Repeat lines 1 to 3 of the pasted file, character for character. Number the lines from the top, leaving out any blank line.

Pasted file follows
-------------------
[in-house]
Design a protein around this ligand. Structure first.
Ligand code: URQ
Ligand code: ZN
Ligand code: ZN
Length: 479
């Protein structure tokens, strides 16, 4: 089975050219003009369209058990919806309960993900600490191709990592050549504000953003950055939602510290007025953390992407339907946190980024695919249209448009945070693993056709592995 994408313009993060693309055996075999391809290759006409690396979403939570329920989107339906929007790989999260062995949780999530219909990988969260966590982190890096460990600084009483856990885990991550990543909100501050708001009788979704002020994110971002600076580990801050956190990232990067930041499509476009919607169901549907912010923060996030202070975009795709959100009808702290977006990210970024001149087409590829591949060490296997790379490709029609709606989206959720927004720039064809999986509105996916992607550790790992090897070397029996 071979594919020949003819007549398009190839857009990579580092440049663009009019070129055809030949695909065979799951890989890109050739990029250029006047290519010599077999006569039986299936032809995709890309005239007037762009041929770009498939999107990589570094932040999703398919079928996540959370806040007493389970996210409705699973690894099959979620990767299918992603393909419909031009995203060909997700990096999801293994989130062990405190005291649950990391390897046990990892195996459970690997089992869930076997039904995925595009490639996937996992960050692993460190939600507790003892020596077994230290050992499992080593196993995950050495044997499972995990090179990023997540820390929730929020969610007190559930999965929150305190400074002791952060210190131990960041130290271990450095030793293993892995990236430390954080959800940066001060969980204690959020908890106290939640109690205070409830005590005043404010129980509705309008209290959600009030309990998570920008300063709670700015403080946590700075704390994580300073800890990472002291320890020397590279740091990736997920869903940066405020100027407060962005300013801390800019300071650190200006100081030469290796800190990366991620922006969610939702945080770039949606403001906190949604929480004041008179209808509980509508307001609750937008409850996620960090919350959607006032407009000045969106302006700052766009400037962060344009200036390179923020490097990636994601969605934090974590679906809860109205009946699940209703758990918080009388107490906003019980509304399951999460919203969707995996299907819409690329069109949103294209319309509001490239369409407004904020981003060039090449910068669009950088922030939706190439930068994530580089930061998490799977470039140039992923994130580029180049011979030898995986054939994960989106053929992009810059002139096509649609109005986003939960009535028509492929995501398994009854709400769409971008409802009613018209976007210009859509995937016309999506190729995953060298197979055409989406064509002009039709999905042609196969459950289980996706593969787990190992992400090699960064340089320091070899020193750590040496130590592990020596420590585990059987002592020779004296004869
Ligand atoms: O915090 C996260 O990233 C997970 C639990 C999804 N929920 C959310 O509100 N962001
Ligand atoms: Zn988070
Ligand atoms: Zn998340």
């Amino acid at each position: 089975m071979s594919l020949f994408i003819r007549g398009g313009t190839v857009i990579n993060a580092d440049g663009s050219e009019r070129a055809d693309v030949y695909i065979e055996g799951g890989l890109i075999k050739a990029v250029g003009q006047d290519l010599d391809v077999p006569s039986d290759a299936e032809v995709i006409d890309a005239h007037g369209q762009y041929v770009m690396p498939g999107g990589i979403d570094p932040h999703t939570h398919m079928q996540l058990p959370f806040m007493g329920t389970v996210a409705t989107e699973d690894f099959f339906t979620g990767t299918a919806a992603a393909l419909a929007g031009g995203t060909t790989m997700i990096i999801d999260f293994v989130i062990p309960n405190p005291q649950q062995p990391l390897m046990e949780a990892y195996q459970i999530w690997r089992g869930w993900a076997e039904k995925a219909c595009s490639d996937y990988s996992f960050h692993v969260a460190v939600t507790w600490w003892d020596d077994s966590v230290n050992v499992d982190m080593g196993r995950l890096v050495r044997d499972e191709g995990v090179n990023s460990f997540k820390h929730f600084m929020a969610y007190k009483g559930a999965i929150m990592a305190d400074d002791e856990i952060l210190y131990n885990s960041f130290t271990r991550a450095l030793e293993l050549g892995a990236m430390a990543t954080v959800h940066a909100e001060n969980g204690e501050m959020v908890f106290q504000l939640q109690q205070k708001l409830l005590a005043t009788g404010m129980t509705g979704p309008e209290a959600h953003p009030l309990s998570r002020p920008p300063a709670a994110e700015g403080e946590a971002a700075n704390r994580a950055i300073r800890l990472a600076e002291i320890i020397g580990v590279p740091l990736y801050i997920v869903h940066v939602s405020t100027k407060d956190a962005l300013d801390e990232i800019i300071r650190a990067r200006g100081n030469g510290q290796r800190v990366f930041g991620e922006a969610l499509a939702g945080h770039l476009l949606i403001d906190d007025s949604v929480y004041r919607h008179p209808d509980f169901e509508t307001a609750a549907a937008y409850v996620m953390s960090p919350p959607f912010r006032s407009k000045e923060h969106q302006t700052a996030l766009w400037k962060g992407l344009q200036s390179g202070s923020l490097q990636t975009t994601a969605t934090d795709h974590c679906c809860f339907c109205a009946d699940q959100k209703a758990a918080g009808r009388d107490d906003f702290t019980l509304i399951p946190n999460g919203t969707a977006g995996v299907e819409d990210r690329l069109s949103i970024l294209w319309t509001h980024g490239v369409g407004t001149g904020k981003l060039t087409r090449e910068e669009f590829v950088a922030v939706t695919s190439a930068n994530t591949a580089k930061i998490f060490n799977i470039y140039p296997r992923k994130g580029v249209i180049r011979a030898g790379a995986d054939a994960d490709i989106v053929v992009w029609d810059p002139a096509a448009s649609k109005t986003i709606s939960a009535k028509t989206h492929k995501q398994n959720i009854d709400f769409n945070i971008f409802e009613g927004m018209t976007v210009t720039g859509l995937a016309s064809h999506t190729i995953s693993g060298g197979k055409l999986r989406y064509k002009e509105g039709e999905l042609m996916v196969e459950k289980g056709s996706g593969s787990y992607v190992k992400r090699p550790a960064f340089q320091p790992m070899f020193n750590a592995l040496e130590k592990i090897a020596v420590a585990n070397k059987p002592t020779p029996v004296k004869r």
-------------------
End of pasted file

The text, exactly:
[in-house]
Design a protein around this ligand. Structure first.
Ligand code: URQ